Final Week: Get an iPad (32 G), Galaxy Tab A, or Take $250 Off OnDemand Training - Ends Jan 27

Newsletters: NewsBites

Subscribe to SANS Newsletters

Join the SANS Community to receive the latest curated cyber security news, vulnerabilities and mitigations, training opportunities, and our webcast schedule.

SANS NewsBites
@Risk: Security Alert
OUCH! Security Awareness
Case Leads DFIR Digest
Industrial Control Systems
Industrials & Infrastructure

SANS NewsBites is a semiweekly high-level executive summary of the most important news articles that have been published on computer security during the last week. Each news item is very briefly summarized and includes a reference on the web for detailed information, if possible.

Spend five minutes per week to keep up with the high-level perspective of all the latest security news. New issues are delivered free every Tuesday and Friday.

Volume XXI - Issue #75

September 24, 2019

Ransomware Tally: 2019 Year to Date; and more Ransomware: Florida School District Votes to Negotiate; Ransomware Insurance Encourages More Attacks?


SANS NewsBites               Sept. 24, 2019                Vol. 21, Num. 075




  Ransomware Tally: 2019 Year to Date

  Florida School District Votes to Negotiate with Ransomware Hackers

  Do Ransomware Insurance Payouts Encourage More Attacks?




US Senate Panel Approves $250 Million for Election Security

  CISA's Chris Krebs: These Areas of Risk Are Where States Need Election Security Funds

  Colorado Will Remove QR Codes From Ballots

  Microsoft: Free Windows 7 Support Through 2020 for Election Systems

  Voting Machine Makers to Issue RFI on Vulnerability Disclosure Program

  NSA is Using AI to Determine if Satellites Have Been Hacked

  Huawei Suspended from International Trade Group Because of New US Export Rules

  Louisiana Governor's Emergency Declaration Helped Ransomware Response

  Microsoft Releases Emergency Patch for Critical Internet Explorer Flaw



Cybersecurity Training Update


-- SANS Cyber Defense Initiative(R) 2019 | Washington, DC | December 10-17 |

-- SANS Baltimore Fall 2019 | October 7-12 |

-- SANS October Singapore 2019 | October 7-26 |

-- SANS Denver 2019 | October 14-19 |

-- SANS Amsterdam October 2019 | October 28-November 2 |

-- Cloud & DevOps Security Summit 2019 | Denver, CO | November 4-11 |

-- SANS Sydney 2019 | November 4-23 |

-- SANS London November 2019 | November 11-16 |

-- Pen Test HackFest Summit 2019 | Washington, DC | November 18-25 |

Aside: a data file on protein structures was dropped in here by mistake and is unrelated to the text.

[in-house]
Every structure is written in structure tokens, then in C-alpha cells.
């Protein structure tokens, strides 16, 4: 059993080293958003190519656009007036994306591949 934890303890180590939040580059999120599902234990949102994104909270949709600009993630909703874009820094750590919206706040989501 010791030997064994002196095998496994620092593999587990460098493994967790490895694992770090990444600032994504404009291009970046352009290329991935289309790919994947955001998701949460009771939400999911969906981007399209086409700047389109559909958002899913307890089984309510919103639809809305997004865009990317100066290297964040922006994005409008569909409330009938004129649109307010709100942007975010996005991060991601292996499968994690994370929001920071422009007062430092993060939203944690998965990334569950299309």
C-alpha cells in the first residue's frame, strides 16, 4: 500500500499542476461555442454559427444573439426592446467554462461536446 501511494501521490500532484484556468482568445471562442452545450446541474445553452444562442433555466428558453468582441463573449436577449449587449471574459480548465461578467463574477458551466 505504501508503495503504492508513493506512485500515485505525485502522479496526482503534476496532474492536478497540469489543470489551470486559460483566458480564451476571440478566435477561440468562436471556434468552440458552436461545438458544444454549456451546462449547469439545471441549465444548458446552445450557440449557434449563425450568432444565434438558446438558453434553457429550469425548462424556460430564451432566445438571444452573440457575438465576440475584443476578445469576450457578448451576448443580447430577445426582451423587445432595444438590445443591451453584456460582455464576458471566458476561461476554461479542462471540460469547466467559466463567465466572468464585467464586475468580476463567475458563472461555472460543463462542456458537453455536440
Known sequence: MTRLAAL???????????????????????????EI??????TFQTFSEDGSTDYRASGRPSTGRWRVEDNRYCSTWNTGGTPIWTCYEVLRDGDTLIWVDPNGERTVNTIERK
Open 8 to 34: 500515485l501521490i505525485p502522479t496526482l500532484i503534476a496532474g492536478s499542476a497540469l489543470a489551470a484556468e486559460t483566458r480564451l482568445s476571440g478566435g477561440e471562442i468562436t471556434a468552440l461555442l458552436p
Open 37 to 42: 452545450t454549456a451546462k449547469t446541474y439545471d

-- SANS OnDemand and vLive Training

Get an iPad Mini, Surface Go, or Take $300 Off through October 2 with your OnDemand or vLive course.

-- Can't travel? SANS offers online instruction for maximum flexibility

-- Live Daytime training with Simulcast -

-- Evening training 2x per week for 6 weeks with vLive |

-- Anywhere, Anytime access for 4 months with OnDemand format |

Single Course Training

-- Single Course Training

SANS Mentor |

Community SANS |


-- View the full SANS course catalog and Cyber Security Skills Roadmap

*************************  Sponsored By Splunk   ****************************

The Fundamental Guide to Building a Better Security Operation Center (SOC). Outdated security solutions struggle to stay ahead of advanced cyberthreats, making it hard to detect unknown or hidden threats. So what are companies who rely on dinosaur technology to do? They need to start building the next generation, modern SOC today. Download The Fundamental Guide to Building a Better Security Operation Center (SOC) today to learn how a security operation suite can move your SOC into the future.



 --Ransomware Tally: 2019 Year to Date

(September 20, 2019)

Since the beginning of this calendar year, 49 US school districts, colleges, and universities have reported ransomware infections. The education sector is second in number of reported ransomware attacks only to municipalities, of which there have been 70 so far this year. Healthcare is third with 27 reported incidents. The data are from cloud security company Armor.     

[Editor Comments]

[Paller/Honan] This list cannot include the myriad commercial organizations that have been hit by ransomware and have not gone public.